Though police once theorized that the gunshot came first, Dr. Kevin Horn, a Maricopa County medical examiner, believes the assault started with a knifing, because the gunshot to the head and the slashed neck were "fatal injuries."

Alexander had many defensive stab wounds on his hands that probably wouldn't have been present if he'd been shot first, Horn testified during the trial.

Alexander was 5-foot-9, 190 pounds. He was in good shape, with wrestling and kickboxing experience. The first knife thrusts must have come quickly, catching him by surprise and weakening his ability to respond.

The steel went deep in several places on Alexander's chest and neck. It plunged 31/2 inches through his ribcage to pierce the base of the heart, Horn's autopsy report and photos show. One vicious slice opened his pectoral muscle below his right nipple.

A six-inch gash was drawn down his abdomen. Knife wounds of one to two inches were made on his head, shoulders, neck, chest, back, and back of his head, with some cuts going deep into muscle. Horn noted a "cluster" of nine separate relatively shallow knife wounds on one small spot on his back.

A trail of blood let Mesa detectives know that Alexander, while struggling, made it out of the shower and into the hallway.

Alexander tried to defend himself. The knife lopped off a chunk of his right thumbnail. Most of the defensive wounds are on his left hand — typical when an attacker is holding the weapon in the right hand. The knife sliced muscle at the base of his left thumb and split the webbing between his thumb and index finger. The latter injury is common when a victim tries to grab a knife blade.

Arias dragged Alexander back into the bathroom. It's unclear whether he was conscious at that point. Cops think Arias cut one of her own fingers with the knife when, slick with blood, it slipped from her grasp as she stabbed Alexander.

In addition to recovering the pictures Arias had tried to erase from his camera, police found her bloody palm print on the hallway wall; the blood was a mixture of hers and Alexander's. A long strand of Arias' hair also was found embedded in blood on the wall.

Arias wasn't done. The theory presented by prosecutor Martinez is that she was so jealous and upset with Alexander's rejecting her (except for occasional romps in the sack) that killing him once wasn't enough.

Arias slashed Alexander from ear to ear. The wound was six inches across and severed his "entire upper airway, strap muscles of neck, right jugular vein, and right carotid artery."

Still not done, she produced a .25-caliber semi-automatic pistol and shot Alexander in the lower-right portion of his forehead, just above his eyebrow. The small bullet went through the front portion of his skull, turned, and lodged in his left cheekbone.

Late the previous night, Arias had called Ryan Burns and told him she was in California, on her way to his Utah home. She called again about 24 hours later, claiming she'd driven the wrong direction, gotten lost, and run out of gas. She let him know she was about 100 miles outside Las Vegas.

She finally arrived in the Salt Lake City suburb of West Jordan and met Burns about 11 a.m. on June 5. They hung out with his friends, went to a business meeting together, and later watched a movie at his place.

Both Burns and Arias later testified that they had a passionate make-out session on his bed that didn't include sex but involved lots of kissing and clothed crotch-"grinding."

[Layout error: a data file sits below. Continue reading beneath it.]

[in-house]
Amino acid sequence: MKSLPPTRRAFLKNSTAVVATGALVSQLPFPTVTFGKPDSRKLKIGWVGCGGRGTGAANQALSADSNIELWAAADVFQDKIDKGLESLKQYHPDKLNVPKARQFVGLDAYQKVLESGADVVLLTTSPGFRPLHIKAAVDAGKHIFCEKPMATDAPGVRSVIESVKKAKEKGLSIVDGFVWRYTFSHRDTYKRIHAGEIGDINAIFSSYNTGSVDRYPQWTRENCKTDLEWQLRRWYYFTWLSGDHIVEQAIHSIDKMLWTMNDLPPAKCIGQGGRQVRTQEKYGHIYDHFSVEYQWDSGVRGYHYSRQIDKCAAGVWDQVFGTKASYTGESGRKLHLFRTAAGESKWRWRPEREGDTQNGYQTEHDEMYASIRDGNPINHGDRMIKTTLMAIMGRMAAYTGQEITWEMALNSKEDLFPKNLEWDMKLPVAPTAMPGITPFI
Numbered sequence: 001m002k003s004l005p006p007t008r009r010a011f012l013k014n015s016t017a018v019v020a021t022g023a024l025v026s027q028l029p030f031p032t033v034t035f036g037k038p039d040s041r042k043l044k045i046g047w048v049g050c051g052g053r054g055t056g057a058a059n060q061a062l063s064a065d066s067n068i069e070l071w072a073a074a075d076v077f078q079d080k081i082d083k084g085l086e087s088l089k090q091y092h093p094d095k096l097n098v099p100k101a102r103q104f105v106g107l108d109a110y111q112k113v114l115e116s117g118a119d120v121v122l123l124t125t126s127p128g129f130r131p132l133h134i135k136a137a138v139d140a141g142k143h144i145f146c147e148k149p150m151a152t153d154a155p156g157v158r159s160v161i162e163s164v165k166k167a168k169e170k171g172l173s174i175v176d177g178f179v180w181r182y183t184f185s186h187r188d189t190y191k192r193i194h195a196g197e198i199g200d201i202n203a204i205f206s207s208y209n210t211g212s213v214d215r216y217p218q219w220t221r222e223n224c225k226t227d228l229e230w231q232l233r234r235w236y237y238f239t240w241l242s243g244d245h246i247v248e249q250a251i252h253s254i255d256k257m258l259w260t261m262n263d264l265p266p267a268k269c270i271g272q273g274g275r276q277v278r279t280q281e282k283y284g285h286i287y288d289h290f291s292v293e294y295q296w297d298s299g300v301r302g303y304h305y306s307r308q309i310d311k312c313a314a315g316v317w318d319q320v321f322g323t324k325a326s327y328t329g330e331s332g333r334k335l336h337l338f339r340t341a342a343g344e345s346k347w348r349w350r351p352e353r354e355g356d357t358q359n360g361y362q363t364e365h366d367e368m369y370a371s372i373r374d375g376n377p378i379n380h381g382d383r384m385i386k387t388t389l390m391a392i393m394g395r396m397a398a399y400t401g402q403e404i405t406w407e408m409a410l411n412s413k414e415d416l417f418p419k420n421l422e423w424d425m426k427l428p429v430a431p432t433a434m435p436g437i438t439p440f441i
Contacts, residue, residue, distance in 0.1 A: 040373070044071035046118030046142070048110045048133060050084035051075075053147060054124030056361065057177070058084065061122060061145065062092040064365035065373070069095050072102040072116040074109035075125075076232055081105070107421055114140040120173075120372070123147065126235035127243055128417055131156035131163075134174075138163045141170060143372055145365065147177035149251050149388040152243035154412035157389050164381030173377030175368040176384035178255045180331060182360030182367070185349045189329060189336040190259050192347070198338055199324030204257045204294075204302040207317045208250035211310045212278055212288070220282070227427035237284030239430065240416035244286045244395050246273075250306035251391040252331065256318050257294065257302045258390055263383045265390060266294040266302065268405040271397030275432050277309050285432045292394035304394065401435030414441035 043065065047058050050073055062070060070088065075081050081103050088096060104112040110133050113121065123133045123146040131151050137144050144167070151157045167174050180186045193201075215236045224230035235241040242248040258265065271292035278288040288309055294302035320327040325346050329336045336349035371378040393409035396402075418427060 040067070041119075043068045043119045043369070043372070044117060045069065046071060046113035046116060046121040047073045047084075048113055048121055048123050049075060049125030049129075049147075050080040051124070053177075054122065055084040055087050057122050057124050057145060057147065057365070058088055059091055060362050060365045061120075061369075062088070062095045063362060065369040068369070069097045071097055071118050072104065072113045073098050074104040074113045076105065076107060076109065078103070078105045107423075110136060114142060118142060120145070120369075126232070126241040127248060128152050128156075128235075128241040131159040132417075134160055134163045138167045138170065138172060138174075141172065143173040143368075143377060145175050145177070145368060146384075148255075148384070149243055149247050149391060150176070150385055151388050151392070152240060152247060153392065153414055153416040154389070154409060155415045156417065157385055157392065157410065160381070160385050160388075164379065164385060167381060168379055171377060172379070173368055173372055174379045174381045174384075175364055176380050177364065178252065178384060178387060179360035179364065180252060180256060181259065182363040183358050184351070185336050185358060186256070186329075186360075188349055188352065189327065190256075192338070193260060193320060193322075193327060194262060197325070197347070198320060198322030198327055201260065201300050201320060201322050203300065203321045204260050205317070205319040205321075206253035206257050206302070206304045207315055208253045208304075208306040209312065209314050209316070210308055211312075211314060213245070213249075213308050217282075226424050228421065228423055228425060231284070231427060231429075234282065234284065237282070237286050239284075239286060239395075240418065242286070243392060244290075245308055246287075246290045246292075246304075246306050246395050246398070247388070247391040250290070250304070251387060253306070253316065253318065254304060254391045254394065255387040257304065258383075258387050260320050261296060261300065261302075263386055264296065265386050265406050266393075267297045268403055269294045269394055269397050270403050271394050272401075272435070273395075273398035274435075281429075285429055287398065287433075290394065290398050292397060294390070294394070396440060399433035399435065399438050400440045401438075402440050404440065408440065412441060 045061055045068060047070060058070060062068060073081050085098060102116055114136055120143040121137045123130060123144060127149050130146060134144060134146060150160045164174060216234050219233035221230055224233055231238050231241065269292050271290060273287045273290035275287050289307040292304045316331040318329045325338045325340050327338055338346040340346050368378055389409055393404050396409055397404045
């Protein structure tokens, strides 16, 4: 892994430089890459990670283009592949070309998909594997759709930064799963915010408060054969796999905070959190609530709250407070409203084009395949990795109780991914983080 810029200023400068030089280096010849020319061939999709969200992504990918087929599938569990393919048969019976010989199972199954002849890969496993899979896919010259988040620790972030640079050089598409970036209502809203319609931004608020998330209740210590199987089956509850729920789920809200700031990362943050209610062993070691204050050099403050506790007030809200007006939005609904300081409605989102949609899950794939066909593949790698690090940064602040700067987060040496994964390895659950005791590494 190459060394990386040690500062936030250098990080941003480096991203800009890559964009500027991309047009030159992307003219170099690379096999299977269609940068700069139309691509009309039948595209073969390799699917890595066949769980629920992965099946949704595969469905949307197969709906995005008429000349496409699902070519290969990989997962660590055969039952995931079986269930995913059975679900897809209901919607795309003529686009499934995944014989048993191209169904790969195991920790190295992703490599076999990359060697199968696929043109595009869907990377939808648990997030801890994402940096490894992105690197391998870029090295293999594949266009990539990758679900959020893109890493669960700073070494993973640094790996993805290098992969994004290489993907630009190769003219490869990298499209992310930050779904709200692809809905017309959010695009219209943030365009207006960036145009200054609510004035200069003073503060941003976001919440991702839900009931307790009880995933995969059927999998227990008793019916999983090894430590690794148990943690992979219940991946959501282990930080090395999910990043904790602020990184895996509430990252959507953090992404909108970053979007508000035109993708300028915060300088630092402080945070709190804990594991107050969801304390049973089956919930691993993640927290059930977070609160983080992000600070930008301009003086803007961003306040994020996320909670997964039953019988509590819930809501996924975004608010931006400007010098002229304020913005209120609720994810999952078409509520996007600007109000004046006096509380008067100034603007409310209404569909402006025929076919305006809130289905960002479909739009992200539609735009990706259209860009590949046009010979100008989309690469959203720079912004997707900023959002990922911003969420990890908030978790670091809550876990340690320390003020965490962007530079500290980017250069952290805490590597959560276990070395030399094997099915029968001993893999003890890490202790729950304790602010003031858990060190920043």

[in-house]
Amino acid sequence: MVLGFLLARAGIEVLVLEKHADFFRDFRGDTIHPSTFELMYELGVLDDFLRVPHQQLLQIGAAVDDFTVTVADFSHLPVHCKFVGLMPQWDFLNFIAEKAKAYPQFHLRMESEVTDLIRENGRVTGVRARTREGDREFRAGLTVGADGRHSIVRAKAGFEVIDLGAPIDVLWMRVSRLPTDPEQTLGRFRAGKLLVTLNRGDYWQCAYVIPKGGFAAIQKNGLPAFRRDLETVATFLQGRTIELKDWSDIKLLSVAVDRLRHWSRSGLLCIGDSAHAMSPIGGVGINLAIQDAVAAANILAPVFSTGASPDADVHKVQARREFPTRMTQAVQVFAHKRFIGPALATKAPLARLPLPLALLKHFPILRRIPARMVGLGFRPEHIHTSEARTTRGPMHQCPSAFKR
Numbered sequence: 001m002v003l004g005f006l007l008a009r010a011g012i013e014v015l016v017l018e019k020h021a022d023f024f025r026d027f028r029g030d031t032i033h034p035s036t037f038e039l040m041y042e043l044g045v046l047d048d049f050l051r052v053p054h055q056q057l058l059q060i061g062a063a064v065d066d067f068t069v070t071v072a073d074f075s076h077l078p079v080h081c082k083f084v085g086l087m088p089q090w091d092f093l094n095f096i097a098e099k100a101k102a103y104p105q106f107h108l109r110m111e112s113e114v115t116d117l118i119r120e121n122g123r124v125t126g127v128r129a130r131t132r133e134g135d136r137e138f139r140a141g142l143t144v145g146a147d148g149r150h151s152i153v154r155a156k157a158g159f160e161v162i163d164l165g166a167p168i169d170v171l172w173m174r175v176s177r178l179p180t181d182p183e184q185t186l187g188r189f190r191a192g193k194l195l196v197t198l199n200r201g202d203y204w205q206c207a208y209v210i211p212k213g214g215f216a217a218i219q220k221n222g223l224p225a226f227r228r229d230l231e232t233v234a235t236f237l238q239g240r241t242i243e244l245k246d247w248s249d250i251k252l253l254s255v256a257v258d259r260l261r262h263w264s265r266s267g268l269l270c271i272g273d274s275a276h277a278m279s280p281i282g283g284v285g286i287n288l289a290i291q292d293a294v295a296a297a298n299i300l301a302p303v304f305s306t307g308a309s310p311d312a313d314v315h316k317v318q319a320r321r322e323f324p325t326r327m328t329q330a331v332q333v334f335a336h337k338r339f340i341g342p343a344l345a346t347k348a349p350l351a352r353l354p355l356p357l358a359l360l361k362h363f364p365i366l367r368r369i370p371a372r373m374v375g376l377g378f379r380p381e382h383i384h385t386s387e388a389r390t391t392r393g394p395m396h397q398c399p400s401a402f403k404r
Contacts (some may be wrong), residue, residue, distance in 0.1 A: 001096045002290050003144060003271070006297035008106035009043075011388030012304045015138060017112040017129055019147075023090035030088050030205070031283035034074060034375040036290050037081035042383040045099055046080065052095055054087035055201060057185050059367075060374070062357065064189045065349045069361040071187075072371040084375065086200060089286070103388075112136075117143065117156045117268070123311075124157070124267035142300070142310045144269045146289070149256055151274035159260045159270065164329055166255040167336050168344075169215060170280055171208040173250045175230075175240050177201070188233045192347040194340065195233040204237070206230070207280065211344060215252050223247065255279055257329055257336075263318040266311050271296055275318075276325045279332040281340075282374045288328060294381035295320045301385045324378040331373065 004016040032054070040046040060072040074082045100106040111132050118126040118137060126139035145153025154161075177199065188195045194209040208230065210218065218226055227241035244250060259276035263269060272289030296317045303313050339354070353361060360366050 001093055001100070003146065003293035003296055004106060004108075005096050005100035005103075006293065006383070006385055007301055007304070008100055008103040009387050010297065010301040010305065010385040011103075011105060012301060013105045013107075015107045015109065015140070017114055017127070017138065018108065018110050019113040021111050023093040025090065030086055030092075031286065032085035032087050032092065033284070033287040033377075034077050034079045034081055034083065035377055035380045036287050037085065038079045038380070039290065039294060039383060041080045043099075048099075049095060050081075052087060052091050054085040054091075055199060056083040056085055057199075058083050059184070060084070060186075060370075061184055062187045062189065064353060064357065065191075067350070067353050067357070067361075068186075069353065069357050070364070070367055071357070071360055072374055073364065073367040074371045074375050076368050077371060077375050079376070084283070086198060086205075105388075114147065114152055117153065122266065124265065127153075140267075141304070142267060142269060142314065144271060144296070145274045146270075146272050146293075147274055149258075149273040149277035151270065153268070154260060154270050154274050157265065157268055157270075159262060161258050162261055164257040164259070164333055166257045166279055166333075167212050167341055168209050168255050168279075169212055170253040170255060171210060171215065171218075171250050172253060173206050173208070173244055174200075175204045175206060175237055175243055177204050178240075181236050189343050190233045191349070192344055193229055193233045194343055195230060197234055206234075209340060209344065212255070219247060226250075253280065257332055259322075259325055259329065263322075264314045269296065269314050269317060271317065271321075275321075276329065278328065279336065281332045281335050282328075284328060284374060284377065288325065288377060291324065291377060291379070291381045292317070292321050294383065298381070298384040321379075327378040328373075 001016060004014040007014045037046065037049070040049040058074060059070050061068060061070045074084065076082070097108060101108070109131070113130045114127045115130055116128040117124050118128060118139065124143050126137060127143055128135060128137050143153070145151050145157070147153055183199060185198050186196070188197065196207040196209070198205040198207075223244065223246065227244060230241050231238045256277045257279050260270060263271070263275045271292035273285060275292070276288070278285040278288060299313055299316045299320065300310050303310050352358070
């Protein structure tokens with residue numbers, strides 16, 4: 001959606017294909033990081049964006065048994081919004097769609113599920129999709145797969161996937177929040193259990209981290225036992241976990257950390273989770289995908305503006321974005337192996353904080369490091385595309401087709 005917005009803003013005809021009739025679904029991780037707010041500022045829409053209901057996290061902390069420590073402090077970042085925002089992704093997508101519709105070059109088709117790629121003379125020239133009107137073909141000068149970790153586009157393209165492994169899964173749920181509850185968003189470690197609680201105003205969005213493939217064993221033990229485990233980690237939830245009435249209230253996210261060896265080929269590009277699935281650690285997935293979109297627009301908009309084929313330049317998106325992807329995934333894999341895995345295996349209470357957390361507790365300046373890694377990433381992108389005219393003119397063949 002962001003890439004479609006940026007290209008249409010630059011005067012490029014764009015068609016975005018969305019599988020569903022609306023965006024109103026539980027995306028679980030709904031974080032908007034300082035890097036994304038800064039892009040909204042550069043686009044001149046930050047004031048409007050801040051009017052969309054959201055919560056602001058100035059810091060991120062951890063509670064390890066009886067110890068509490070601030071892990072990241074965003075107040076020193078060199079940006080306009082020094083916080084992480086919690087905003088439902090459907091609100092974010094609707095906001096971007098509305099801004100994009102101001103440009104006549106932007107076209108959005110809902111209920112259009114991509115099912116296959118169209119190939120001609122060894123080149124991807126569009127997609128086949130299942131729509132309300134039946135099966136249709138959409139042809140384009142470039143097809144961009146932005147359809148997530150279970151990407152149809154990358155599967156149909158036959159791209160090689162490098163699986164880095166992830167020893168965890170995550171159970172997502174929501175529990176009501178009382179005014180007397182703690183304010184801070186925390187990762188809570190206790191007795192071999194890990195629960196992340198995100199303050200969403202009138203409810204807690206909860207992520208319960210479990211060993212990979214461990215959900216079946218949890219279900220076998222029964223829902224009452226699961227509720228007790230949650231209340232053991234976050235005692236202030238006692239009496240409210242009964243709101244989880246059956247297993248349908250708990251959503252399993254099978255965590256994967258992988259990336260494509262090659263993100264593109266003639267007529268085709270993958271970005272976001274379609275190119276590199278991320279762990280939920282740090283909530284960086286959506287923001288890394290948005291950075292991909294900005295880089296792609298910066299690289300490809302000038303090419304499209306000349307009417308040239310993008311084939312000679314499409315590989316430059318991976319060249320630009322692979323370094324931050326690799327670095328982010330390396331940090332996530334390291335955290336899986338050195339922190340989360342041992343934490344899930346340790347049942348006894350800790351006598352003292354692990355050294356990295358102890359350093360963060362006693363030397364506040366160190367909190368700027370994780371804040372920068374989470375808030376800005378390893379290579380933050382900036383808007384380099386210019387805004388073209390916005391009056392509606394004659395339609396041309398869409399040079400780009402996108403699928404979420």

Arias gave no sign to Burns or his friends that, less than 24 hours earlier, she had killed her ex-boyfriend and left his mutilated body in a blood-spattered shower stall.


The defendant doesn't fit the public's "preconceptions of a killer."

This is psychiatrist and author Keigh Ablow's explanation of why a non-celebrity killer can get worldwide attention: "She's pretty. She has a nice smile. She's young. She's female. She is . . . a white woman and a woman who isn't poor. She has no history of violent crime."

In this excerpt from an online column in June 2011, Ablow referred to Casey Anthony. But the same can be said about Jodi Arias.

The sensational trial of Anthony, a Florida woman accused of killing her 2-year-old daughter, clearly shares several similarities with the Arias spectacle.

A Time magazine story about the popularity of the Anthony trial, from May to July 2011, suggested that the public is drawn to "a tenacious liar."

In that courtroom drama, "the sheer horror of the act — and the idea that a mother committed it — catapulted the case from local live-at-5 sideshow to tabloid sensation," Time wrote.

Matt Semino, an attorney and writer who's done legal analysis on the Arias case for HLN and True-TV, says Arias rivals Anthony as "a sensational trial." Where there was the horror of a mother's allegedly killing her child in Anthony, there's "the sex, the blood, the betrayal" in Arias. "People are really captivated by that."

CNN and NBC News declined comment for this article about ratings and how they've dealt with graphic content. A tweet by azcentral.com recently stated that on one day of Arias' live trial testimony, 1.5 million people viewed its live feed.

Bloggers and authors sit in court alongside more mainstream news reporters. Shanna Hogan, a reporter and editor at the local Times Publications, has a contract to write a book about the Arias case.

Acknowledging the case wouldn't be as popular "if these were two unattractive people," Hogan says what she finds most fascinating about it is "how you could love somebody and murder them."

Twitter, not surprisingly, has been a major forum for comments about the Arias trial. During Arias' contentious March 5 testimony, for example, tweets to the #jodiarias hashtag posted at a rate of about 30 to 50 per minute.